Child Abuse

Inclusive Social Welfare & Empowerment Foundation Child Abuse

Child Abuse

It is to deliberately hurt a child, causing injuries such as bruises, broken bones, burns, or cuts. It isn’t accidental – children who are physically abused suffer violence such as being hit, kicked, poisoned, burned, slapped, or having objects thrown at them. Shaking or hitting babies can cause non-accidental head injuries. Sometimes, parents or carers will make up or cause the symptoms of illness in their child, perhaps giving them the medicine they don’t need and making the child unwell – this is known as fabricated or induced illness (FII). There’s no excuse for physically abusing a child. It causes severe, and often long-lasting, harm – and in extreme cases, death.

Adults who physically abuse children may have: emotional or behavioural problems such as difficulty controlling their anger, family or relationship problems, experienced abuse as a child, parenting difficulties including unrealistic expectations of children, not understanding a child's needs or no idea how to respond to a child's health issues.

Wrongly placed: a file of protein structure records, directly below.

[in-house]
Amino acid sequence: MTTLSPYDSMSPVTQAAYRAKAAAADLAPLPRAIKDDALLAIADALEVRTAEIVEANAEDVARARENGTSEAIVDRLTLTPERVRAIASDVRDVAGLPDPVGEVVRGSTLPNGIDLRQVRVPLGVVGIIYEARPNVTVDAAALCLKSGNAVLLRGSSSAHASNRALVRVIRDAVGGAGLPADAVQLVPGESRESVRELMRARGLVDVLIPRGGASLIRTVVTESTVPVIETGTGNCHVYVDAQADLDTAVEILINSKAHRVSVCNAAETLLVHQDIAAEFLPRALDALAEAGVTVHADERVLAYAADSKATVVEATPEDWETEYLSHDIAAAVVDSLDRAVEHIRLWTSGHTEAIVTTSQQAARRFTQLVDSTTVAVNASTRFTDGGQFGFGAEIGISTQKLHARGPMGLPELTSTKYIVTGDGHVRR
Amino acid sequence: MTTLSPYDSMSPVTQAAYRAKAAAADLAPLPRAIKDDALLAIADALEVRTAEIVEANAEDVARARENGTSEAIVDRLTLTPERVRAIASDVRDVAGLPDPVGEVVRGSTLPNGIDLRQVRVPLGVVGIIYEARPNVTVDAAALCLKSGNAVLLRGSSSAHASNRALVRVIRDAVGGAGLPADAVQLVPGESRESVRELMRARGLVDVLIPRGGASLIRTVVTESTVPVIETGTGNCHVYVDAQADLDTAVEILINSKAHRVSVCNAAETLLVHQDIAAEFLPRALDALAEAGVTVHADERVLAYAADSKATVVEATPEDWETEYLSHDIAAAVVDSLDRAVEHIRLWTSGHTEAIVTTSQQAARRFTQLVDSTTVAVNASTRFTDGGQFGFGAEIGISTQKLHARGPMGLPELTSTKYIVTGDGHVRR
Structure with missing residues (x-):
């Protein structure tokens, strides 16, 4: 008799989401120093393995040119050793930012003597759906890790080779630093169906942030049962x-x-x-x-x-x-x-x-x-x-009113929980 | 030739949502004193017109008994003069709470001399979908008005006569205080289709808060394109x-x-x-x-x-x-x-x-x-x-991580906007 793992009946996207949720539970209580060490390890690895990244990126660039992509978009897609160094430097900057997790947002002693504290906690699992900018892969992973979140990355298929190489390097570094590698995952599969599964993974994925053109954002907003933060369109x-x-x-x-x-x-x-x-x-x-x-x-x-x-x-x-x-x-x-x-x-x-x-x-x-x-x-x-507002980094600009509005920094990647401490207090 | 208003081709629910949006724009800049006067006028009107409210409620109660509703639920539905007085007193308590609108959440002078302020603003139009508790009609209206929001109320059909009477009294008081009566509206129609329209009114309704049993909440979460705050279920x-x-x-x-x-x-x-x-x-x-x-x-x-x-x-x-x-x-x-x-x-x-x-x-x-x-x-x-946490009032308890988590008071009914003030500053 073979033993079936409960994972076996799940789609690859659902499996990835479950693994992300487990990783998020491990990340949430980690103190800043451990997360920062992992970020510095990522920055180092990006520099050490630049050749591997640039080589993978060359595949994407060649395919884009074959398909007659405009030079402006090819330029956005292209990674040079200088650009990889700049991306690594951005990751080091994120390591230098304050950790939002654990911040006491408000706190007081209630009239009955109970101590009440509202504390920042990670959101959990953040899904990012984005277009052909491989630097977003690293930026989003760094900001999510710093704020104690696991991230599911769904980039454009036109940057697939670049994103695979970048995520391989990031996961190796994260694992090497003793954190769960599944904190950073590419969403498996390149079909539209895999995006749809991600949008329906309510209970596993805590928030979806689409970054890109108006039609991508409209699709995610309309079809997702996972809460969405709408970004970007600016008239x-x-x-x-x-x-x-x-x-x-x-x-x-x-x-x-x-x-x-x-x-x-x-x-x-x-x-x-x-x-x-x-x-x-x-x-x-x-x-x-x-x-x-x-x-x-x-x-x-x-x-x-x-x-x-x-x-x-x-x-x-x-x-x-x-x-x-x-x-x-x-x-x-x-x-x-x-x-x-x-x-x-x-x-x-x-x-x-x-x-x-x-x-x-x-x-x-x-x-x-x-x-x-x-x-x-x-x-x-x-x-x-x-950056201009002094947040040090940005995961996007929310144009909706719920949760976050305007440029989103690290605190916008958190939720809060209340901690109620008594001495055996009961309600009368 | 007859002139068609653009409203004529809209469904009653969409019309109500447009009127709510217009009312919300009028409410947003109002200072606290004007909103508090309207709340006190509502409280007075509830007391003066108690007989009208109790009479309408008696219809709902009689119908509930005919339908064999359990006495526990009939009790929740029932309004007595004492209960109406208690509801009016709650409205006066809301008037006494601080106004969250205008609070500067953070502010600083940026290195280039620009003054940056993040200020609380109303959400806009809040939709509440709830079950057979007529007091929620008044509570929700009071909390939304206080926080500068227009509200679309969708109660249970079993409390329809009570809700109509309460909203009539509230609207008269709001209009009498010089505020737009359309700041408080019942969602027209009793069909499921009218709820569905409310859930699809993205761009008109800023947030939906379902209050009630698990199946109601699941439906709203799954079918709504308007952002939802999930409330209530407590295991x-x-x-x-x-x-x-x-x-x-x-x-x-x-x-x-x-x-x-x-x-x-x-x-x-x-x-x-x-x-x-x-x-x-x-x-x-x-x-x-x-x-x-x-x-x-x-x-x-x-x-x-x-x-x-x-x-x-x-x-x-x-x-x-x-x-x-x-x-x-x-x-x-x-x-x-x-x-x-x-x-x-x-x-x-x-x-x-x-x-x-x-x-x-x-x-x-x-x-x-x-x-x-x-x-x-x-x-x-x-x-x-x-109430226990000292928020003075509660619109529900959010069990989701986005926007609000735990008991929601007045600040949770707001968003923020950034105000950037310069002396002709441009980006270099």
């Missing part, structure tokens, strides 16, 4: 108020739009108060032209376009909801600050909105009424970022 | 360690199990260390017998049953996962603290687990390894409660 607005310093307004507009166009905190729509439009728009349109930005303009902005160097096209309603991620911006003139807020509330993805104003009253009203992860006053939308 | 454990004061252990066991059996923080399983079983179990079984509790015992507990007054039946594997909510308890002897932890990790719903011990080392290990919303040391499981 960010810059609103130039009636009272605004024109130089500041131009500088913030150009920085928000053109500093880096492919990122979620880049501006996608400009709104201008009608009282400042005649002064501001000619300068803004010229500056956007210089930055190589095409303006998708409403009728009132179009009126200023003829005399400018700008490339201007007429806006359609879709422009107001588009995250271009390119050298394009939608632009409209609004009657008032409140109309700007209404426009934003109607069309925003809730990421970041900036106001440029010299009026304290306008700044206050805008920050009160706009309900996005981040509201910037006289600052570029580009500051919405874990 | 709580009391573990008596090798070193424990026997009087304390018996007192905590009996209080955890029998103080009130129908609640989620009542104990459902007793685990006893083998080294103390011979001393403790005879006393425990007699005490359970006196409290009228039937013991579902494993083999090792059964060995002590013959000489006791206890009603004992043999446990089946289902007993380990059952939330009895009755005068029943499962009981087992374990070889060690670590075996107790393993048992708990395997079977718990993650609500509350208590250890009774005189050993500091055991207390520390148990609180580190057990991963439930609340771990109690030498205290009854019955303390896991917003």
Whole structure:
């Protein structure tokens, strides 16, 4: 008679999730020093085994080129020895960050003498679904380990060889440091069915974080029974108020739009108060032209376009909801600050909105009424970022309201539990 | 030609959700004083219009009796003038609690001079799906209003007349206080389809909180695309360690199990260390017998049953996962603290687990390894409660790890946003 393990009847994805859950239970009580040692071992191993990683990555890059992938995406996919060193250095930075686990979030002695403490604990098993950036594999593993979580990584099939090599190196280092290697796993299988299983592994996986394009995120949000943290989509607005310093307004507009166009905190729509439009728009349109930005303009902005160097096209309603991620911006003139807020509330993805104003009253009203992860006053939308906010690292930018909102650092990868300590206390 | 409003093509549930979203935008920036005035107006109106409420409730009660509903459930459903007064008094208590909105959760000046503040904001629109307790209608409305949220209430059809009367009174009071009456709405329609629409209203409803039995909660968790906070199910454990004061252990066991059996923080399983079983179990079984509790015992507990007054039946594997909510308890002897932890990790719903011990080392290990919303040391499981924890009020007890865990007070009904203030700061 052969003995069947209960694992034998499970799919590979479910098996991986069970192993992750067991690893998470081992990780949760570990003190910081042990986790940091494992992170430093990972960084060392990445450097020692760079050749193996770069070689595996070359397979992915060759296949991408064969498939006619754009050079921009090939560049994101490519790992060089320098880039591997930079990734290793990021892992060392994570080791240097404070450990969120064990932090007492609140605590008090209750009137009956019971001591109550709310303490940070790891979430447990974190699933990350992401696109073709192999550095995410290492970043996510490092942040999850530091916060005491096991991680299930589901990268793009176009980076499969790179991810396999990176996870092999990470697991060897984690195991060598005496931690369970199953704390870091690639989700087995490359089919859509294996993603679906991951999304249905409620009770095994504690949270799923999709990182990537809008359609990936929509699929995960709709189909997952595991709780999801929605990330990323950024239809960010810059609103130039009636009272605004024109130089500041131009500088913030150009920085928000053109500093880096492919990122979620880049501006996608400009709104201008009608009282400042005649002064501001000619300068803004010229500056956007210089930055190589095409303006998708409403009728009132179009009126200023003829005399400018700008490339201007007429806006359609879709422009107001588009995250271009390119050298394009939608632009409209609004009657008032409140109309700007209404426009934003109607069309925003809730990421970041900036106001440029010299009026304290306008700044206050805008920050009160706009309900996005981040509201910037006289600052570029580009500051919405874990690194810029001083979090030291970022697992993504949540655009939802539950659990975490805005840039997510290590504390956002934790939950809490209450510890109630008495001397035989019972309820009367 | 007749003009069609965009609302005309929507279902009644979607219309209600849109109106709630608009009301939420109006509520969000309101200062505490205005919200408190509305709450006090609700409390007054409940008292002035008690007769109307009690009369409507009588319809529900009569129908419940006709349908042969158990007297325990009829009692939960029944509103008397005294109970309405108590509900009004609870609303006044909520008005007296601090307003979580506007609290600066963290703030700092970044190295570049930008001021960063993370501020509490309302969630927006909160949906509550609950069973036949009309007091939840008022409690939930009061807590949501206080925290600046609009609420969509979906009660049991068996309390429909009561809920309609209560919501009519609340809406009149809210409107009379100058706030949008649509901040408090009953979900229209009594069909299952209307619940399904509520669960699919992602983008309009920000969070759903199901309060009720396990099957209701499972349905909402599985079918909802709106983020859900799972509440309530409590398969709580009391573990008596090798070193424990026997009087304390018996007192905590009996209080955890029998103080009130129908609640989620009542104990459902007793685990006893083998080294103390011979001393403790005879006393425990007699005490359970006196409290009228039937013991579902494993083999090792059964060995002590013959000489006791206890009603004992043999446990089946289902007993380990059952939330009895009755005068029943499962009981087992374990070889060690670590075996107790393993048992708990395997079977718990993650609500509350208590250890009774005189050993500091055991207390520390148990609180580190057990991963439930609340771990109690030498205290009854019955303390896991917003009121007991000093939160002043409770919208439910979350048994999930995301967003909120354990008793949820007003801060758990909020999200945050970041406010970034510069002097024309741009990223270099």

Child Sexual abuse: This involves physical contact, including assault by penetration (e.g. rape or oral sex) or non-penetrative acts (e.g. masturbation, kissing, rubbing, and touching outside of clothing), non-contact activities, such as involving young people in looking at or producing sexual images, watching sexual activities, or encouraging young people to behave in sexually inappropriate ways, or grooming a young person in preparation for sexual exploitation – including via the internet.

It can be one single incident or repeated abuse but usually it is a pattern of behaviour. If you feel intimidated by or frightened of your partner to the point where you feel that you have to change your behaviour you may be experiencing domestic violence. Domestic Abuse can happen to anyone regardless of their gender, race, ethnicity, age or sexuality and can include other family members including children and young people.

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